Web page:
You can tell, but the end results are spectacular. I couldn’t help but ask about one scene that takes place in an idyllic cove where Doctora, played by Julianne Nicholson, swims in this beautiful blue water and yet she’s tethered by a chain to the cliff as a prisoner. That seemed so fitting for the position that everyone is in during this movie, did that imagine come to mind immediately?
Yeah, it was a very strong image and it works with everything that happens in the film because the lines between paradise and hell are very thin. I actually read some biographies of people that had been kidnapped in Colombia and they write about how they were in the most beautiful place they had ever seen, straight out of their biblical paradise, and it was their hell because they were there by force and kidnapped. That touched me, so I thought that juxtaposition between the water, swimming, the light and then the chain was very strong.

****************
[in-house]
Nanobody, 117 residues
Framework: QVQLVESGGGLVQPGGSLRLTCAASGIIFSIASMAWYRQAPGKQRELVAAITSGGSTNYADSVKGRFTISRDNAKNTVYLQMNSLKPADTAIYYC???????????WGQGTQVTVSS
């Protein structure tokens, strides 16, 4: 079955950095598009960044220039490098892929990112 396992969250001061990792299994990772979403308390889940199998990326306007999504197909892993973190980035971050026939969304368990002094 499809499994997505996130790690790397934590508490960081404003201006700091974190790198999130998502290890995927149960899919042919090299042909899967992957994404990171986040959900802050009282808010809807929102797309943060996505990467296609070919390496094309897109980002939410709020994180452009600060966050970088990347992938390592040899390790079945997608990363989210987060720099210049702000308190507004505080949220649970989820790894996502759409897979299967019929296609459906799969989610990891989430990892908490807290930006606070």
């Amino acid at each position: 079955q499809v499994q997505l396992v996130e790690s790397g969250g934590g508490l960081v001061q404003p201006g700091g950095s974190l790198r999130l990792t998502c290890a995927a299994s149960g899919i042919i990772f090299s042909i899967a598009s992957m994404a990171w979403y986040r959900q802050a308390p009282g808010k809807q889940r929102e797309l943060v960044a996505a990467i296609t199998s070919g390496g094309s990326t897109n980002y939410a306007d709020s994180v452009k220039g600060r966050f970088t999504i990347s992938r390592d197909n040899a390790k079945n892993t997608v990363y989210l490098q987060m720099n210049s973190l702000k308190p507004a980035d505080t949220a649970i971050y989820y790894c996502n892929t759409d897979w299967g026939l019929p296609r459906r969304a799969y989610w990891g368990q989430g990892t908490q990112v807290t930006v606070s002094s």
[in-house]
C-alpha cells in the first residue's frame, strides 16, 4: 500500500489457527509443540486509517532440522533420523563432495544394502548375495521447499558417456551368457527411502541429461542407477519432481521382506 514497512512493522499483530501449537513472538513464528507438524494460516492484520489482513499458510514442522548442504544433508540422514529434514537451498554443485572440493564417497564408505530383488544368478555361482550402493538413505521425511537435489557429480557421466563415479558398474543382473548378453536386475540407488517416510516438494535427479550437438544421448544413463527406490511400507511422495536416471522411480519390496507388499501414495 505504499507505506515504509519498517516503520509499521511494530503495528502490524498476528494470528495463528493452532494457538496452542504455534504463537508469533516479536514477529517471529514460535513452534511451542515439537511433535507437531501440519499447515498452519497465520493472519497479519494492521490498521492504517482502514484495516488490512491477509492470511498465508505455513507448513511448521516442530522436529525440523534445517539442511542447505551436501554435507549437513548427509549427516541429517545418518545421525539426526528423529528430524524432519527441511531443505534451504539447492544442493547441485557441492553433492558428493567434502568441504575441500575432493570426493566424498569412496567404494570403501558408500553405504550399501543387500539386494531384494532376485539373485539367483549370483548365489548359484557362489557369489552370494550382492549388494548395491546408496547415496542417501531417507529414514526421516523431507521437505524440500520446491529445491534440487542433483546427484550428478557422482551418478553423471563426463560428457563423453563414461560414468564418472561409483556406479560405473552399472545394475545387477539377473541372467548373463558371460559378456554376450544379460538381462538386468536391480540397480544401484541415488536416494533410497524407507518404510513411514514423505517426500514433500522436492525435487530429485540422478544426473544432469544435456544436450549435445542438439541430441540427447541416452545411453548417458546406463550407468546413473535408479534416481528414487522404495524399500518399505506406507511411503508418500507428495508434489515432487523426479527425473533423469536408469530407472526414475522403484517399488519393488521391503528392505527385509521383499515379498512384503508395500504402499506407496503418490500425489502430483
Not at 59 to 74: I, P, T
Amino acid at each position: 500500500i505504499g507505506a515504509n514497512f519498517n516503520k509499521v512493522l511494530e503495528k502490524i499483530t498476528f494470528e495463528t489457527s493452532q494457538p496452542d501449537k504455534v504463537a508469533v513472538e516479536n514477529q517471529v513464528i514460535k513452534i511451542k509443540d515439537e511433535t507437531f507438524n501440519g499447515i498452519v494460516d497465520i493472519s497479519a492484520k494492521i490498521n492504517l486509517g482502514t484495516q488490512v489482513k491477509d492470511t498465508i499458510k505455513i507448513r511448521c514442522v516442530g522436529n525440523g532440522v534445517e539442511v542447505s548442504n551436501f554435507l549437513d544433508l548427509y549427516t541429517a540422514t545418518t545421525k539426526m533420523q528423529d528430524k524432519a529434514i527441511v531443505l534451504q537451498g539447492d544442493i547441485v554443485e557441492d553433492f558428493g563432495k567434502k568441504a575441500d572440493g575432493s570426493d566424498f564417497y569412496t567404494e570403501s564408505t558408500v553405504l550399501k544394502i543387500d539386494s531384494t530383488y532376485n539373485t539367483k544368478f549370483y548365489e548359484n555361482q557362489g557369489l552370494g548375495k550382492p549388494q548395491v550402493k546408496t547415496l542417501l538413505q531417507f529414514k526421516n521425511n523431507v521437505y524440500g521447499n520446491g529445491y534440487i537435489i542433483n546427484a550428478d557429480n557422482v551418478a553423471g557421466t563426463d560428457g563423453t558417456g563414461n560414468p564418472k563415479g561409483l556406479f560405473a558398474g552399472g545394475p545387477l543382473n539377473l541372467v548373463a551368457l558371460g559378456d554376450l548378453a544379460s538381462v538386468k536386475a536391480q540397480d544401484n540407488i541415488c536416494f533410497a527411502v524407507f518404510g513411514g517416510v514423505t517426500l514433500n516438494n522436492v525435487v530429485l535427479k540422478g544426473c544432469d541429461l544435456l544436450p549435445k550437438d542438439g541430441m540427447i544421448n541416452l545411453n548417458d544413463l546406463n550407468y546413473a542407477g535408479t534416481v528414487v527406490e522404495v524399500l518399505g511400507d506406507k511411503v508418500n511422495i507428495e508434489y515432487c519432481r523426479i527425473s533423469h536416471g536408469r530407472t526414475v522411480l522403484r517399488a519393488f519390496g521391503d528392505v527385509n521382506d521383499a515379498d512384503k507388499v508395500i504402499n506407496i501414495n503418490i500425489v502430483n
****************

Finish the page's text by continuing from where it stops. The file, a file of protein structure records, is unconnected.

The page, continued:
Was it interesting working with water in general? You have one of the great underwater cinematographers Peter Zuccarini working on the shoot.
Yeah, especially in live locations. None of this is shot in a tank and Peter has a lot of experience and he was with us for about three or four days. He has some special housing equipment, so it was great to have him to be able to do scenes that were so technically hard to pull off.
And it’s really exciting because the structure [of the film] — something that was in my head was this idea about following the river and to have people now come out of the film and really feel like they were thrown into that river experience, to go on that journey has been very exciting because the film begins at the reservoir of water for the nation, Páramo, a very special endemic wetland that exists at that [high] level and then the water comes down the mountain gaining more and more speed until it ends up in torrents at the bottom of the lowlands. That was a very cerebral thing, but now people live it in the flesh and the skin and I’m kind of very excited that many times we regard films with our head and people are really living this film in their stomach. I like that.
“Monos” opens in limited release on September 13th, including in Los Angeles at the Landmark and New York at the Landmark at 57 West.